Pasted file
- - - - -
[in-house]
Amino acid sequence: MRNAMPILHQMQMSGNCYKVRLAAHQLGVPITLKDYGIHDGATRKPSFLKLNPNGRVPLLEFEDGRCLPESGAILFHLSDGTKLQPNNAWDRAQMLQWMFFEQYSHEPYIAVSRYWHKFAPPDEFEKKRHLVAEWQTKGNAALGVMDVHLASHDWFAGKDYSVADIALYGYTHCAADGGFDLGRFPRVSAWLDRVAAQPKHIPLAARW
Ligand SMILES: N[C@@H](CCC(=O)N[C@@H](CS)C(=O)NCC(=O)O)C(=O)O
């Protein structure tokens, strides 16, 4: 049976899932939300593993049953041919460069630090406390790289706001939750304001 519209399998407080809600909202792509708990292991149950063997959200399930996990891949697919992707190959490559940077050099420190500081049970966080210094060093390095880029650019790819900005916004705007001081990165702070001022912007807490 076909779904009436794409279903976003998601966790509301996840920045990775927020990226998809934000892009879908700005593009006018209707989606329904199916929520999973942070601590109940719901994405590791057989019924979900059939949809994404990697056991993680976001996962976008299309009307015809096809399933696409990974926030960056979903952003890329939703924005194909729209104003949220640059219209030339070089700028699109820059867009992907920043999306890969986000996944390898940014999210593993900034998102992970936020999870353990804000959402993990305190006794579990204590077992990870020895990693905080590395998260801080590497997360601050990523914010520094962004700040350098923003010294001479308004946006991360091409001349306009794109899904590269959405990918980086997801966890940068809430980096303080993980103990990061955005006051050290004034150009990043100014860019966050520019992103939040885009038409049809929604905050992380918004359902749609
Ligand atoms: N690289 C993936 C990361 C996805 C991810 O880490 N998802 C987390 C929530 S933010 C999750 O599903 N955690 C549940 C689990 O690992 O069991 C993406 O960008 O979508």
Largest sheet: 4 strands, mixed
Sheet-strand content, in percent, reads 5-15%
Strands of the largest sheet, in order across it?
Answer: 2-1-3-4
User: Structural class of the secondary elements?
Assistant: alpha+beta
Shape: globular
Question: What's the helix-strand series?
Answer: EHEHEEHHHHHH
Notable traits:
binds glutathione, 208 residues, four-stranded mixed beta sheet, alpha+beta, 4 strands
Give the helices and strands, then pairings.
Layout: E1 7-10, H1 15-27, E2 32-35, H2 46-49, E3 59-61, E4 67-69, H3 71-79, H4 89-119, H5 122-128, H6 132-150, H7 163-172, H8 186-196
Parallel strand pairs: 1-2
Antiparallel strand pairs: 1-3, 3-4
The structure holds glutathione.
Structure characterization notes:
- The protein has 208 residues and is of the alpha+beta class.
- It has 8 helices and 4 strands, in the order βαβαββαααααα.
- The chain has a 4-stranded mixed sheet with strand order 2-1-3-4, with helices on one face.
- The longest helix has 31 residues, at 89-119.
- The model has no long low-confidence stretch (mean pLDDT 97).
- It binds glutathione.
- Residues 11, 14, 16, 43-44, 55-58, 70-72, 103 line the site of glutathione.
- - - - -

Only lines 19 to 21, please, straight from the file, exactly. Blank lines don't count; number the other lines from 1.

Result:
Parallel strand pairs: 1-2
Antiparallel strand pairs: 1-3, 3-4
The structure holds glutathione.